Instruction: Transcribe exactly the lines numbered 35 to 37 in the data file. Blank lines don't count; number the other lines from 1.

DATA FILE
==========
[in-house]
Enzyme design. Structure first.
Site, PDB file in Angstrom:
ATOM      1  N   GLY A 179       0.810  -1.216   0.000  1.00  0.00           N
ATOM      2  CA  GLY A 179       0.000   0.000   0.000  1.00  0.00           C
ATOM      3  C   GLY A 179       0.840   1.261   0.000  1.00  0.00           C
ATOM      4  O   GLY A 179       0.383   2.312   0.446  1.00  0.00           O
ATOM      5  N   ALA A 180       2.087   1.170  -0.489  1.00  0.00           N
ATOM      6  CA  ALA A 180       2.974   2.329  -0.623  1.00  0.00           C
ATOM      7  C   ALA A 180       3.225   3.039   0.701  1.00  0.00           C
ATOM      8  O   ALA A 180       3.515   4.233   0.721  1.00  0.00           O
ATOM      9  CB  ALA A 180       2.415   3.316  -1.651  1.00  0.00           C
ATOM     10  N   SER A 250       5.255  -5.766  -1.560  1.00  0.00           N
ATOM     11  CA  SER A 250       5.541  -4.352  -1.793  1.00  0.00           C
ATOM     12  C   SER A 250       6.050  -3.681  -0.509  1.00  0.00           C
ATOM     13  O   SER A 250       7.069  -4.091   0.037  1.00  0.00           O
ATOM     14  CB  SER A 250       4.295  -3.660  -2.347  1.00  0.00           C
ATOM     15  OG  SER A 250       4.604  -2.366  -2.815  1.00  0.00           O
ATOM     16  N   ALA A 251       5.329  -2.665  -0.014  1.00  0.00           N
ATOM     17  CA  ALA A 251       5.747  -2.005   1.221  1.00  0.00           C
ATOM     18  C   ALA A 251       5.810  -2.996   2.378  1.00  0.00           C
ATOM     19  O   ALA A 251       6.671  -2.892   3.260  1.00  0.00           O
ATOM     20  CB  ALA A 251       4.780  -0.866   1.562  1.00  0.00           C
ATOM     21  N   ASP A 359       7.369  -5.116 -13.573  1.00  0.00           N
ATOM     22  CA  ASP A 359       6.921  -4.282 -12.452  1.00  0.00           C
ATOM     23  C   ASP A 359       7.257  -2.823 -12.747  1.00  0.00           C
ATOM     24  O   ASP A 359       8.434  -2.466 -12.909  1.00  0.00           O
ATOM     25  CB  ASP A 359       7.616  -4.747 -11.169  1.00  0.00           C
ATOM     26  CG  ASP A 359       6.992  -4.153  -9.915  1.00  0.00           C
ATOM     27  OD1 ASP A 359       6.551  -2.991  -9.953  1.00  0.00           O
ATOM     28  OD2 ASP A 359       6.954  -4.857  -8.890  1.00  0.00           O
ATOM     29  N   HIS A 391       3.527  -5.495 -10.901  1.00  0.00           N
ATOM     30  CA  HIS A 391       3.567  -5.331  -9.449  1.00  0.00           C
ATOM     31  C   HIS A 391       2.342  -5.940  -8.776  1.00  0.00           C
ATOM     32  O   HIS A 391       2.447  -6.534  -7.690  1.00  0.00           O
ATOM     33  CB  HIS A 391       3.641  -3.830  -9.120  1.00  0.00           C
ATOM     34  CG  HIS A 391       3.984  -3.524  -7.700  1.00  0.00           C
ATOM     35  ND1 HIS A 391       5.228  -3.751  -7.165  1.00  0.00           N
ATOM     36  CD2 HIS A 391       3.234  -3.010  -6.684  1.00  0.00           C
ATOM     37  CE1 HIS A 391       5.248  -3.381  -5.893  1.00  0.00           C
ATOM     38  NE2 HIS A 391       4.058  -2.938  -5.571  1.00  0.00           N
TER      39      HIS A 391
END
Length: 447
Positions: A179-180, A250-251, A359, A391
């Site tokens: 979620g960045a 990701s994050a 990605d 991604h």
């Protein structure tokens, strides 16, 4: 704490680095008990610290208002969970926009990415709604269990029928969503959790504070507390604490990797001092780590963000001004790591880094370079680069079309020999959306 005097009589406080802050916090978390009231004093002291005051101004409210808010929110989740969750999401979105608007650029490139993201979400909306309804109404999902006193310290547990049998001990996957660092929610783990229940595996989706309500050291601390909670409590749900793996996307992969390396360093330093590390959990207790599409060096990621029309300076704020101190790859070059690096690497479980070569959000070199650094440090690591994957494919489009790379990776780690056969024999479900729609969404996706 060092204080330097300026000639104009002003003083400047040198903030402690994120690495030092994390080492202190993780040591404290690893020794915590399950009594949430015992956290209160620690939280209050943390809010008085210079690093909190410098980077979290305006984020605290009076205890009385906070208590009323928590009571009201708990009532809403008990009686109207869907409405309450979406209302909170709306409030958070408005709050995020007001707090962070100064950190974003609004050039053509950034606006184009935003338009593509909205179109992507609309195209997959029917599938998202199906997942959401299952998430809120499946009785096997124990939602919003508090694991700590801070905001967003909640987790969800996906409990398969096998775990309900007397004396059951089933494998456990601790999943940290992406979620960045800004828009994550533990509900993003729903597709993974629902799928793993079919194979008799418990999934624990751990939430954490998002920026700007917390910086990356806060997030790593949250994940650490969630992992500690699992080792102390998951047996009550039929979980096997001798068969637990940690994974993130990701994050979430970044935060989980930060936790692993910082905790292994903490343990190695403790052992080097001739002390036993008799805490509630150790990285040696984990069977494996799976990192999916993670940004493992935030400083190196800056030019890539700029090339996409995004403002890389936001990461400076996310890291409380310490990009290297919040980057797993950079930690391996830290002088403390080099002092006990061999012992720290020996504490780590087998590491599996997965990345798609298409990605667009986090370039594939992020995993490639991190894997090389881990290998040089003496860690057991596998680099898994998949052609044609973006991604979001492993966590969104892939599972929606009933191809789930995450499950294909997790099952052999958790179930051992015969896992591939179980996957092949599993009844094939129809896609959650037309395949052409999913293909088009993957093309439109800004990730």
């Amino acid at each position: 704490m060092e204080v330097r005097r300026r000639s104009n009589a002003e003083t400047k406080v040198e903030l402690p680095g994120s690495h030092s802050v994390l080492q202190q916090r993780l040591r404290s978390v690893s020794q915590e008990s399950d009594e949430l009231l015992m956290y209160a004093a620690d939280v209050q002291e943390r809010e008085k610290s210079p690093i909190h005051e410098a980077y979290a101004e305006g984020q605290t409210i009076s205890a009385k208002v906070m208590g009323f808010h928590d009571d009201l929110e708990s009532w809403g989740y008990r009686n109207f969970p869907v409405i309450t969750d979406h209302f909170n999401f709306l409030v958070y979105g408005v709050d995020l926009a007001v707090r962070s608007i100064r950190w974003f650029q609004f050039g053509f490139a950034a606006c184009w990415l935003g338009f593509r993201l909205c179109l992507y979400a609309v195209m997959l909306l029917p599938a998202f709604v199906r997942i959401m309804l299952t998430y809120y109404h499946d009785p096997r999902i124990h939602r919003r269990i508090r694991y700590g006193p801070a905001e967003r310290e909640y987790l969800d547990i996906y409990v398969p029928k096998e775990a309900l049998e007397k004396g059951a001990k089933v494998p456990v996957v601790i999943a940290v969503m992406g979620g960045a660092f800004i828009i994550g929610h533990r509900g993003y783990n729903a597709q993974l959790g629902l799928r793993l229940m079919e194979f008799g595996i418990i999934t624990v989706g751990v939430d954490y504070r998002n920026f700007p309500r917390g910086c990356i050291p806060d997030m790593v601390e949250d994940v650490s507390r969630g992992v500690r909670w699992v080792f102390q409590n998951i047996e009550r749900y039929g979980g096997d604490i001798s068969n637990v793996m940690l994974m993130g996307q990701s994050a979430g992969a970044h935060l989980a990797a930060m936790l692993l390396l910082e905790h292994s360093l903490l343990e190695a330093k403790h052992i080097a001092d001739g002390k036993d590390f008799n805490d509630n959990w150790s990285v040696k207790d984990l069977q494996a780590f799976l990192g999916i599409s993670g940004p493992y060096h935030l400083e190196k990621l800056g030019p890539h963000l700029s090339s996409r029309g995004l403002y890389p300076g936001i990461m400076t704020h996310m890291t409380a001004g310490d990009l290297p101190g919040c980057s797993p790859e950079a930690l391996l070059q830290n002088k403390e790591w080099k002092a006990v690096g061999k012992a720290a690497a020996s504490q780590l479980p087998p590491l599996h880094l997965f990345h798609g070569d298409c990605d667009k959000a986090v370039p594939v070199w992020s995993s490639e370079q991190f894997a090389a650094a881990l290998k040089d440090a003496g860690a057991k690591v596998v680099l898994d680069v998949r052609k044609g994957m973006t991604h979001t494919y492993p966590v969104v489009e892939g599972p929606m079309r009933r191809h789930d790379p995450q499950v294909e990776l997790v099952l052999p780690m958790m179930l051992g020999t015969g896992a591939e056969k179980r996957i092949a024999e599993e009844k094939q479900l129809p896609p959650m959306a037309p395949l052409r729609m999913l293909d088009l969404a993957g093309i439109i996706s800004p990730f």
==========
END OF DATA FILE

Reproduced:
ATOM     32  O   HIS A 391       2.447  -6.534  -7.690  1.00  0.00           O
ATOM     33  CB  HIS A 391       3.641  -3.830  -9.120  1.00  0.00           C
ATOM     34  CG  HIS A 391       3.984  -3.524  -7.700  1.00  0.00           C